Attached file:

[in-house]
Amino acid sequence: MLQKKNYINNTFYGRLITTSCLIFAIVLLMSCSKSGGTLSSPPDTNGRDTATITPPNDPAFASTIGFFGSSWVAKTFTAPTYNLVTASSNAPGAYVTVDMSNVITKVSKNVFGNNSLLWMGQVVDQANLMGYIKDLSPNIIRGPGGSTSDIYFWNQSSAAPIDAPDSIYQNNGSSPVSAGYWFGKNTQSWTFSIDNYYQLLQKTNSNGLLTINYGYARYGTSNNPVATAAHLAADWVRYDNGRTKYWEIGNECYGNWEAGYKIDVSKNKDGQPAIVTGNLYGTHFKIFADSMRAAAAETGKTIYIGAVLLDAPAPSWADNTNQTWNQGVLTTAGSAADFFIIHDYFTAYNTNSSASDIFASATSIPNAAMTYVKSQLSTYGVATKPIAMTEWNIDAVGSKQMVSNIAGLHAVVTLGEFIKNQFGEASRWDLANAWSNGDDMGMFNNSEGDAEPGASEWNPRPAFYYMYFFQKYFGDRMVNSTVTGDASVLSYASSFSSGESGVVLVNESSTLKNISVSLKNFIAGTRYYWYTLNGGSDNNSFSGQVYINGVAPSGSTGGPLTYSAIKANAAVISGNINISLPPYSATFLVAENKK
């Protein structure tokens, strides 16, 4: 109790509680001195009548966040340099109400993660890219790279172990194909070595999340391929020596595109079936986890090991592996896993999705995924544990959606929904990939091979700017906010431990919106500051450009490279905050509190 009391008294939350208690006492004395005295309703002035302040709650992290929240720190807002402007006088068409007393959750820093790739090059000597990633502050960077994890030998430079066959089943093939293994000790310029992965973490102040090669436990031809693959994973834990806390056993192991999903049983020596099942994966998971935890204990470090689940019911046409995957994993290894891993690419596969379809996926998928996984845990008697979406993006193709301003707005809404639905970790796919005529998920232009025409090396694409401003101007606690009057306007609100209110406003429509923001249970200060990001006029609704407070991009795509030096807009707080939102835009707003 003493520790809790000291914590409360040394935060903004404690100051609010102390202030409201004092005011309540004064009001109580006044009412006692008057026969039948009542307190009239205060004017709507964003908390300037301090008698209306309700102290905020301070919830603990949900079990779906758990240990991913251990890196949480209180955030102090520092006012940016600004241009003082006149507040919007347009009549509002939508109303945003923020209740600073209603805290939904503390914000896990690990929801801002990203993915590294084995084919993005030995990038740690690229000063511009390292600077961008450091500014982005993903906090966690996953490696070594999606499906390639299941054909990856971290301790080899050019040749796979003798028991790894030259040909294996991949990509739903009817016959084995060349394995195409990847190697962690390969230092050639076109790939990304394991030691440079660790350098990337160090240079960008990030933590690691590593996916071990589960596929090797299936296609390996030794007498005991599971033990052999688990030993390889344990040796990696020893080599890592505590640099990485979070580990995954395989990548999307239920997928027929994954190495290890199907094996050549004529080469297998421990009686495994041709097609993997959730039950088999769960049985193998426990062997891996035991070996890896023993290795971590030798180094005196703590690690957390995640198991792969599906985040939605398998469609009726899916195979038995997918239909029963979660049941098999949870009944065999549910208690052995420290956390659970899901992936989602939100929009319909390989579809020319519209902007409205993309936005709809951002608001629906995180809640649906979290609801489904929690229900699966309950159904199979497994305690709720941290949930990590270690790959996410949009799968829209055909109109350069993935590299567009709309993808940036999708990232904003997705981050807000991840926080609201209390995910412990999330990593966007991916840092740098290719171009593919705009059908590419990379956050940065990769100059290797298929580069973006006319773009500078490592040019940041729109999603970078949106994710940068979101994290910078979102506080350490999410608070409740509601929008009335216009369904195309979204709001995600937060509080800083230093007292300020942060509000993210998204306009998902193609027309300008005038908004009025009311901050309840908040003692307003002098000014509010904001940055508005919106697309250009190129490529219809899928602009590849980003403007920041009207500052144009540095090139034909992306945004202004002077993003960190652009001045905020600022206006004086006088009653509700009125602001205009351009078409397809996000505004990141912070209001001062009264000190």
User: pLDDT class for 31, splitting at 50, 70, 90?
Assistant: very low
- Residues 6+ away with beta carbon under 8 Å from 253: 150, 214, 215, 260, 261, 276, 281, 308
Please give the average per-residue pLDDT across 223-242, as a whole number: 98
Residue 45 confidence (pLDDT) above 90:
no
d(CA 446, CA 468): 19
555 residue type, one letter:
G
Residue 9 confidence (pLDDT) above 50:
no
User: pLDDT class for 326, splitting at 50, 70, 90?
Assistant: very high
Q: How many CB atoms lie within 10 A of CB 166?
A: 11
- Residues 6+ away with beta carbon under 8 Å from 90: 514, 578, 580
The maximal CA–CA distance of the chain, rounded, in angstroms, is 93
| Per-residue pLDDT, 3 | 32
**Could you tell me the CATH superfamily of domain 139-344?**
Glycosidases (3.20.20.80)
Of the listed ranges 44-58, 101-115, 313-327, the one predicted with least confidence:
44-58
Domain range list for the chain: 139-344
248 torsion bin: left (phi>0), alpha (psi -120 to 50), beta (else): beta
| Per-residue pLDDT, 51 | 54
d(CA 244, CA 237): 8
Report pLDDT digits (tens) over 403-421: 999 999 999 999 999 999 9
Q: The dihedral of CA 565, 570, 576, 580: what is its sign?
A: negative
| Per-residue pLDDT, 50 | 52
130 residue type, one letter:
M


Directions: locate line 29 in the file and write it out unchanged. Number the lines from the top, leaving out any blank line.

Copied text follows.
d(CA 244, CA 237): 8